SF State students and alumni receive blankets at the opening of the SF Giants game on Monday, April 29, 2019. (SYLVIE STURM/ Special to Golden Gate Xpress)

 

As the San Francisco Giants battled the Los Angeles Dodgers on Monday, April 29, a class of SF State students visited Oracle Park to celebrate ‘San Francisco State University Night’ at the ballpark.

“I’ve always wanted to learn about baseball and get into it,” said junior SF State marketing major and class enrollee Henry Huang. “This class gives me a golden opportunity to learn the rules and history of the game to determine if I truly enjoyed the sport.”

While some students joined the class to learn more about baseball, some joined it for professor Mark Sigmon.

“I took [Professor] Sigmon’s history class last semester,” said junior art major Samantha MacDonald. “He mentioned that he was going to be teaching the History of Baseball class this semester and I thought it would be fun class.”   MacDonald and many of her classmates had a unique opportunity to attend the ball game. The students paid just $16 for the game tickets.

Despite being sold out this time around, $16 is still more than the deal Sigmon had before AT&T Park was renamed Oracle Park. Before this year, Sigmon’s classes could

attend one Giants ball game a season, for free.

A reporter and photographer from the San Francisco Chronicle covered a story on the class six years ago when the class was revived by Sigmon. What started the years of free Giants tickets for the class was a picture of a fingerless glove on a student, according to Sigmon.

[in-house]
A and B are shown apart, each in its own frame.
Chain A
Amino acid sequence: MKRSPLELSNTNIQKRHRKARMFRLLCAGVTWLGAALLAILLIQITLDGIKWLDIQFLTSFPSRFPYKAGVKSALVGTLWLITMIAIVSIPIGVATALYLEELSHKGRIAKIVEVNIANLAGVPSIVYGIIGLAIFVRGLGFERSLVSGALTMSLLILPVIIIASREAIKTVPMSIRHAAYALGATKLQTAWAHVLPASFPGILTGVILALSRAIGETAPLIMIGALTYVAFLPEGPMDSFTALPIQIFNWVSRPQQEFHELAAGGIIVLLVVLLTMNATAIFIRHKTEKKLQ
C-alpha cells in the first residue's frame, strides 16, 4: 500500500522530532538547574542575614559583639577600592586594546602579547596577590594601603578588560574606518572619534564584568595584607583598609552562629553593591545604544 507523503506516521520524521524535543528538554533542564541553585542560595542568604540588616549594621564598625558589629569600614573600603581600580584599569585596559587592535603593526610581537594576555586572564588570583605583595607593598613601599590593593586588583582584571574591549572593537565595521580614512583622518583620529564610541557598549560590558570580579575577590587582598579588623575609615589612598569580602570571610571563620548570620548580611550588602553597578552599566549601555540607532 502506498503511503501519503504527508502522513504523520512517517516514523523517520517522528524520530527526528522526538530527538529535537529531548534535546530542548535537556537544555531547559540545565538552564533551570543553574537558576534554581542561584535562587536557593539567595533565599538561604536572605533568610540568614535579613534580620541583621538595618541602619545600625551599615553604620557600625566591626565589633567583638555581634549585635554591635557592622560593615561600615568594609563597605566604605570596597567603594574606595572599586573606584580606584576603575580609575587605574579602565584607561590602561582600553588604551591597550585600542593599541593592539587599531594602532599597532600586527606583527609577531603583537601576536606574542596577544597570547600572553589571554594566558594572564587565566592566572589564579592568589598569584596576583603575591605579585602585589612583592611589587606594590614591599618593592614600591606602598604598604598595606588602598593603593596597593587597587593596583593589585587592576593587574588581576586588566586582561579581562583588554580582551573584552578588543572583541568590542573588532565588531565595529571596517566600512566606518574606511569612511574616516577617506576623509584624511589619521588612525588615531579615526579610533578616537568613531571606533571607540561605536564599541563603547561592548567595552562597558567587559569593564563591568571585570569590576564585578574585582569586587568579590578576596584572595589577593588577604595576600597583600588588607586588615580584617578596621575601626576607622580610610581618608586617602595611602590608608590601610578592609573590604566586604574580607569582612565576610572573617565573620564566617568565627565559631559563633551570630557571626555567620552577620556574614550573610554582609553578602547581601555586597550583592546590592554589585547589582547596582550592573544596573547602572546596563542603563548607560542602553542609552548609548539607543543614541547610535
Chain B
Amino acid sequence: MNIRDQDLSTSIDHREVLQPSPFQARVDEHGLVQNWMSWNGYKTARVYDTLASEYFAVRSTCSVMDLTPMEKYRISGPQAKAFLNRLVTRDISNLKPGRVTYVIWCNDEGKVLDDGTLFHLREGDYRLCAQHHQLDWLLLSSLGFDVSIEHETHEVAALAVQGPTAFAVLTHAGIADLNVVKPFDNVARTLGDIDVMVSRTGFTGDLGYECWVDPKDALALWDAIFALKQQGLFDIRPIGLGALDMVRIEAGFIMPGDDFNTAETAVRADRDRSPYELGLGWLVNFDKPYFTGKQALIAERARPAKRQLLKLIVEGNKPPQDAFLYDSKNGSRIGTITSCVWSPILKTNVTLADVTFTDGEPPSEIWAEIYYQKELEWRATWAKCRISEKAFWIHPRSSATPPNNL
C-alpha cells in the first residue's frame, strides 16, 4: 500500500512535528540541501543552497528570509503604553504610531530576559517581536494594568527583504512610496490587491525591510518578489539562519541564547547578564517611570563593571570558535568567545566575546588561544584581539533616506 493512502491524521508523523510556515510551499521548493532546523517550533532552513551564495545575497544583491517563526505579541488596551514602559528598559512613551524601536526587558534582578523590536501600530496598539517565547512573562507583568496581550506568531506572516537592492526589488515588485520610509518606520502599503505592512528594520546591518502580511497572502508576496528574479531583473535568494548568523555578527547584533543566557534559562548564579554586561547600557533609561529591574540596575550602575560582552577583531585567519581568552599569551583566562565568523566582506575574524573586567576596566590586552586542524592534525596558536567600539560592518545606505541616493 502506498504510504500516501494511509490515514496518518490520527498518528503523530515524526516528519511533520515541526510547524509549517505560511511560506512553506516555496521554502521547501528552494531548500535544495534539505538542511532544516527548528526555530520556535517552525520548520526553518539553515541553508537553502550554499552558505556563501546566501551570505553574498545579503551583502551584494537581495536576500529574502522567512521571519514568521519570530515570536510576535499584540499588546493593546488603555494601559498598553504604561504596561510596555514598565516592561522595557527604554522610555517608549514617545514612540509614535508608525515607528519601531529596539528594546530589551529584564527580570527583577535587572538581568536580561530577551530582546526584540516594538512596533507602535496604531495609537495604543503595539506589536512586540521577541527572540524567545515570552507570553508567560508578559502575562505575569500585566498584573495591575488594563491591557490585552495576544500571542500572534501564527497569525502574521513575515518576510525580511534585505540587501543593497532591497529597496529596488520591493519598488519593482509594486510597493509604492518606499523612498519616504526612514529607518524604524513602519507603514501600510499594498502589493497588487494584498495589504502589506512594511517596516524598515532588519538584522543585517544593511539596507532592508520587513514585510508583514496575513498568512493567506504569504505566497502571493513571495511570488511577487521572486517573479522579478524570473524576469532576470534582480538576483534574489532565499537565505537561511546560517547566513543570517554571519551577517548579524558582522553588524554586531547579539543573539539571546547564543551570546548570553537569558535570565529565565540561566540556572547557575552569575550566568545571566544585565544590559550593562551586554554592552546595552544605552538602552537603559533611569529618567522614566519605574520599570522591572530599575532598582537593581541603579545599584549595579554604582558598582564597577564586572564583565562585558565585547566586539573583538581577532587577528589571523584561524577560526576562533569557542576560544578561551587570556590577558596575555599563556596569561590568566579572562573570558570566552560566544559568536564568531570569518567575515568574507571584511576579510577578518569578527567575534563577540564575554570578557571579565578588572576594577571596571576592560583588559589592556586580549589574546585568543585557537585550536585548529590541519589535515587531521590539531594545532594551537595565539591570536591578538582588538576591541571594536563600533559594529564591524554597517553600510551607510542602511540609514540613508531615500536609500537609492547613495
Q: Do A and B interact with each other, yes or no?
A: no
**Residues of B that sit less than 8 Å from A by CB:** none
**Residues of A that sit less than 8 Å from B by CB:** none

“The glove had a big San Francisco Giants logo, but also AT&T,” he said. “The woman in charge of that promotion, Denise Ebright. She saw that on the front page of the Chronicle, and she got in touch with me and was able to get us free tickets to one game a year.”

Oracle Corporation agreed to a 20-year naming rights deal in early January 2019 and with that, the ticket deal was off. However, the park has held a “San Francisco State Night” promotion for five years now.

Over the couple of years, Sigmon’s History of Baseball class has continued its tradition of live spring ball games. Sigmon looks to continue this tradition, but his is aware that some students can’t afford the ticket price.

“Next year, I am going to see if I can get some funding,” Sigmon said.

After all, a class about baseball should let its students experience the crowds screaming and bats cracking on contact.

 

Correction: In the Tuesday, April 30, 2019 (Vol. 109, Issue 13) print issue and previous online version the photographer was referred to as Sylvie Sturum.  The correct spelling is Sylvie Sturm. Xpress regrets this error. (Wednesday, May 1, 2019/ 9:35 a.m.)

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